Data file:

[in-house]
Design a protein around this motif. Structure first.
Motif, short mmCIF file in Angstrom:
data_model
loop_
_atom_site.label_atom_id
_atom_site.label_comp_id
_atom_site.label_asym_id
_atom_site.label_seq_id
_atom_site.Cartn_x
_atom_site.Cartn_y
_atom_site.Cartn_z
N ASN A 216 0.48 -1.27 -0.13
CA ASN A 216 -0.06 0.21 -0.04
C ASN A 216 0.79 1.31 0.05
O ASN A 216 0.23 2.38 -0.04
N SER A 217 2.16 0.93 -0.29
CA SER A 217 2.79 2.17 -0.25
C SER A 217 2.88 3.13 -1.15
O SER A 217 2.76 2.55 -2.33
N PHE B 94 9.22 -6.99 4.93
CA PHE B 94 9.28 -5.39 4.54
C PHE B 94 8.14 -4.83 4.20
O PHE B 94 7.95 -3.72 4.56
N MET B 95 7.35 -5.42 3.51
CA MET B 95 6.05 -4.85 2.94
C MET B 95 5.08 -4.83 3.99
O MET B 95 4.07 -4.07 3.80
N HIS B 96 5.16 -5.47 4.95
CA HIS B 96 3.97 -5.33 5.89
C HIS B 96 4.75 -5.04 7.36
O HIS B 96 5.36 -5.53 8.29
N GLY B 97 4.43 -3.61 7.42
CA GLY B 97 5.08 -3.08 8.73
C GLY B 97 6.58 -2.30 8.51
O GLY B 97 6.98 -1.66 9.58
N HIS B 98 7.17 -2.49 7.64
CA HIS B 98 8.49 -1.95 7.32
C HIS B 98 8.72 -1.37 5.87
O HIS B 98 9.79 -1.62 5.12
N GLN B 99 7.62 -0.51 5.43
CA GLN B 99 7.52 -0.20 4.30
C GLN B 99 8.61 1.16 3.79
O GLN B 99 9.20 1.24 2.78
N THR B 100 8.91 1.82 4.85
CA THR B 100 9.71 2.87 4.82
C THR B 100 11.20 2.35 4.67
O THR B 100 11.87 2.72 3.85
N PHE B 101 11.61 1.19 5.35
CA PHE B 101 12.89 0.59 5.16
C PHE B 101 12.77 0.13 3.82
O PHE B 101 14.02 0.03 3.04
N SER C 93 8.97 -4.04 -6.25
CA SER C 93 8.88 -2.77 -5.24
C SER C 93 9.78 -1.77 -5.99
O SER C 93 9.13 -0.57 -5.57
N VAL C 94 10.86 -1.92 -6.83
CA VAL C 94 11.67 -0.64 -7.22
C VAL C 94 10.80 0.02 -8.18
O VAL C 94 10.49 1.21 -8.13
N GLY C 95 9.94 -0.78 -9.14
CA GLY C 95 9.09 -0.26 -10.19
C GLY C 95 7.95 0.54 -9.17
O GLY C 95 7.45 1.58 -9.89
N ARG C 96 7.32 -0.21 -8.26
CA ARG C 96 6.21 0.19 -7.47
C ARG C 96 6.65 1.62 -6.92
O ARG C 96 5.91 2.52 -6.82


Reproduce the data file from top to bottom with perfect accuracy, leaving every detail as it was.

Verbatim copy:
[in-house]
Design a protein around this motif. Structure first.
Motif, short mmCIF file in Angstrom:
data_model
loop_
_atom_site.label_atom_id
_atom_site.label_comp_id
_atom_site.label_asym_id
_atom_site.label_seq_id
_atom_site.Cartn_x
_atom_site.Cartn_y
_atom_site.Cartn_z
N ASN A 216 0.48 -1.27 -0.13
CA ASN A 216 -0.06 0.21 -0.04
C ASN A 216 0.79 1.31 0.05
O ASN A 216 0.23 2.38 -0.04
N SER A 217 2.16 0.93 -0.29
CA SER A 217 2.79 2.17 -0.25
C SER A 217 2.88 3.13 -1.15
O SER A 217 2.76 2.55 -2.33
N PHE B 94 9.22 -6.99 4.93
CA PHE B 94 9.28 -5.39 4.54
C PHE B 94 8.14 -4.83 4.20
O PHE B 94 7.95 -3.72 4.56
N MET B 95 7.35 -5.42 3.51
CA MET B 95 6.05 -4.85 2.94
C MET B 95 5.08 -4.83 3.99
O MET B 95 4.07 -4.07 3.80
N HIS B 96 5.16 -5.47 4.95
CA HIS B 96 3.97 -5.33 5.89
C HIS B 96 4.75 -5.04 7.36
O HIS B 96 5.36 -5.53 8.29
N GLY B 97 4.43 -3.61 7.42
CA GLY B 97 5.08 -3.08 8.73
C GLY B 97 6.58 -2.30 8.51
O GLY B 97 6.98 -1.66 9.58
N HIS B 98 7.17 -2.49 7.64
CA HIS B 98 8.49 -1.95 7.32
C HIS B 98 8.72 -1.37 5.87
O HIS B 98 9.79 -1.62 5.12
N GLN B 99 7.62 -0.51 5.43
CA GLN B 99 7.52 -0.20 4.30
C GLN B 99 8.61 1.16 3.79
O GLN B 99 9.20 1.24 2.78
N THR B 100 8.91 1.82 4.85
CA THR B 100 9.71 2.87 4.82
C THR B 100 11.20 2.35 4.67
O THR B 100 11.87 2.72 3.85
N PHE B 101 11.61 1.19 5.35
CA PHE B 101 12.89 0.59 5.16
C PHE B 101 12.77 0.13 3.82
O PHE B 101 14.02 0.03 3.04
N SER C 93 8.97 -4.04 -6.25
CA SER C 93 8.88 -2.77 -5.24
C SER C 93 9.78 -1.77 -5.99
O SER C 93 9.13 -0.57 -5.57
N VAL C 94 10.86 -1.92 -6.83
CA VAL C 94 11.67 -0.64 -7.22
C VAL C 94 10.80 0.02 -8.18
O VAL C 94 10.49 1.21 -8.13
N GLY C 95 9.94 -0.78 -9.14
CA GLY C 95 9.09 -0.26 -10.19
C GLY C 95 7.95 0.54 -9.17
O GLY C 95 7.45 1.58 -9.89
N ARG C 96 7.32 -0.21 -8.26
CA ARG C 96 6.21 0.19 -7.47
C ARG C 96 6.65 1.62 -6.92
O ARG C 96 5.91 2.52 -6.82